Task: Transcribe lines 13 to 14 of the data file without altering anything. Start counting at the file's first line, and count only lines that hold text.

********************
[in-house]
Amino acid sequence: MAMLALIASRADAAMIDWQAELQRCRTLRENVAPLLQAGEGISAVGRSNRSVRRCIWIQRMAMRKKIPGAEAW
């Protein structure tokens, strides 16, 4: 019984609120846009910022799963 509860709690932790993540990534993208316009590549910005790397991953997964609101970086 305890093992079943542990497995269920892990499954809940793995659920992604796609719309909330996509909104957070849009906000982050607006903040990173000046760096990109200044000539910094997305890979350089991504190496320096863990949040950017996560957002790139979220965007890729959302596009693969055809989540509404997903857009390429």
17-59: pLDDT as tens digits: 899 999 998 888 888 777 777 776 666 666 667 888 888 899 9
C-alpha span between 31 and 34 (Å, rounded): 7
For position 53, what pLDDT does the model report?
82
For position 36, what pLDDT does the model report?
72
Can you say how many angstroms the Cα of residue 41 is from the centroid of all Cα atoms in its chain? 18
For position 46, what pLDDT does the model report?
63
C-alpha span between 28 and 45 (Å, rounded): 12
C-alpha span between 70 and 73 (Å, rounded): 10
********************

C-alpha span between 28 and 45 (Å, rounded): 12
C-alpha span between 70 and 73 (Å, rounded): 10